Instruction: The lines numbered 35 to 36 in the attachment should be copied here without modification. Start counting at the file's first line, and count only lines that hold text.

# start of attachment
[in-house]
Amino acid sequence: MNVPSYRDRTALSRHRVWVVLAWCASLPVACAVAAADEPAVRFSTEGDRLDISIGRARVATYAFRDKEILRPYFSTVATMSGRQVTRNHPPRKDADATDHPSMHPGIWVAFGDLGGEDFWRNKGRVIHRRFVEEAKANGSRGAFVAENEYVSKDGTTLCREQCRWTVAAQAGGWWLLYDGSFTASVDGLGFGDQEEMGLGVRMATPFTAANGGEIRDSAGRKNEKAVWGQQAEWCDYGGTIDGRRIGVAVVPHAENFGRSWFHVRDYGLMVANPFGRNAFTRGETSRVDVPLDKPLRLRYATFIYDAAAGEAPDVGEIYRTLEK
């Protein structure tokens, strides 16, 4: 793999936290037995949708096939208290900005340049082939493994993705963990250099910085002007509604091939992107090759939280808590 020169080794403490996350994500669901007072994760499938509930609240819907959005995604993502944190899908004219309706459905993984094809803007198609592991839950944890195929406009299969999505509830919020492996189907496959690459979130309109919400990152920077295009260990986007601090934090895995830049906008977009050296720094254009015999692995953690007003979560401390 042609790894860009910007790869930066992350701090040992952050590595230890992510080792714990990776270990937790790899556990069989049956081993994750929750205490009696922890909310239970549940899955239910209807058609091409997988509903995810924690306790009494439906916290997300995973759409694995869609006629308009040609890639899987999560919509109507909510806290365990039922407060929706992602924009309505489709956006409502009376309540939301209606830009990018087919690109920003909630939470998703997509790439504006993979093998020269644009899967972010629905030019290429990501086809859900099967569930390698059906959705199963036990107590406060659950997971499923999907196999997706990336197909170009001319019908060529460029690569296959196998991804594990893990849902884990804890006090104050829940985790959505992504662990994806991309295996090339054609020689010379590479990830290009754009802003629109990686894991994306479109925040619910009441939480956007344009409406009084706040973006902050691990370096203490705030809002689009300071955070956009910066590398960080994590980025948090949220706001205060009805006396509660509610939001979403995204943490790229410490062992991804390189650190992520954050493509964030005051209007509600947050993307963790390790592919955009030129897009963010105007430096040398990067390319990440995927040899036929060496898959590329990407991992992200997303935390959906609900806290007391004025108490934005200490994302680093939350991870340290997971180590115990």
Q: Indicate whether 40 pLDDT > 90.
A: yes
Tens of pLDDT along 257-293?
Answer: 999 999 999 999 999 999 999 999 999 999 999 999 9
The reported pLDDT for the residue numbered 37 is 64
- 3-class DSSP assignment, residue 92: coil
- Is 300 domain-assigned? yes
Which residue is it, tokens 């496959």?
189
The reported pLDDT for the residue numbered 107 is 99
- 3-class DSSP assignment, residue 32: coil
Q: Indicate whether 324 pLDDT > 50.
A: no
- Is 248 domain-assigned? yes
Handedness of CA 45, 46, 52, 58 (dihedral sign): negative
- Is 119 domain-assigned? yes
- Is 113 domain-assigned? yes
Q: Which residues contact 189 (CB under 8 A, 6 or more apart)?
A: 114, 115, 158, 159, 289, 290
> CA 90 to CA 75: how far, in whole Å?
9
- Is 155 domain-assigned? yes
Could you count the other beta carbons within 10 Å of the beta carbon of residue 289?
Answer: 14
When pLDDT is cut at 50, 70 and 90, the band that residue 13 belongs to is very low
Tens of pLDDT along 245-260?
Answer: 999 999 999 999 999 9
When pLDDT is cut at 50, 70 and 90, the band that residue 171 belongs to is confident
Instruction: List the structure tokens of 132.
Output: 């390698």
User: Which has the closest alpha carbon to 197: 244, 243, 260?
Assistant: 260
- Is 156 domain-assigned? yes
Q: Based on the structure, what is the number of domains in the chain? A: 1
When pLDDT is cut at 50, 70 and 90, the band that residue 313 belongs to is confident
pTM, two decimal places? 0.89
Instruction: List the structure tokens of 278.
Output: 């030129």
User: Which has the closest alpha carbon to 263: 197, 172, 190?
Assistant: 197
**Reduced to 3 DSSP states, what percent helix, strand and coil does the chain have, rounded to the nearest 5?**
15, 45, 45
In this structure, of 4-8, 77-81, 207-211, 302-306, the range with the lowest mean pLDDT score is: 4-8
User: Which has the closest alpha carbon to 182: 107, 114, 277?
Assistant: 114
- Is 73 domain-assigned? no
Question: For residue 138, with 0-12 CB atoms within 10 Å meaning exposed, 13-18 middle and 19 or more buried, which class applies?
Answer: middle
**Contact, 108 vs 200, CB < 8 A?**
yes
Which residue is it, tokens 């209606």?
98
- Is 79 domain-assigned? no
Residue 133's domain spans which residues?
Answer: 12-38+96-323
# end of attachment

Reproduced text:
Assistant: 260
- Is 156 domain-assigned? yes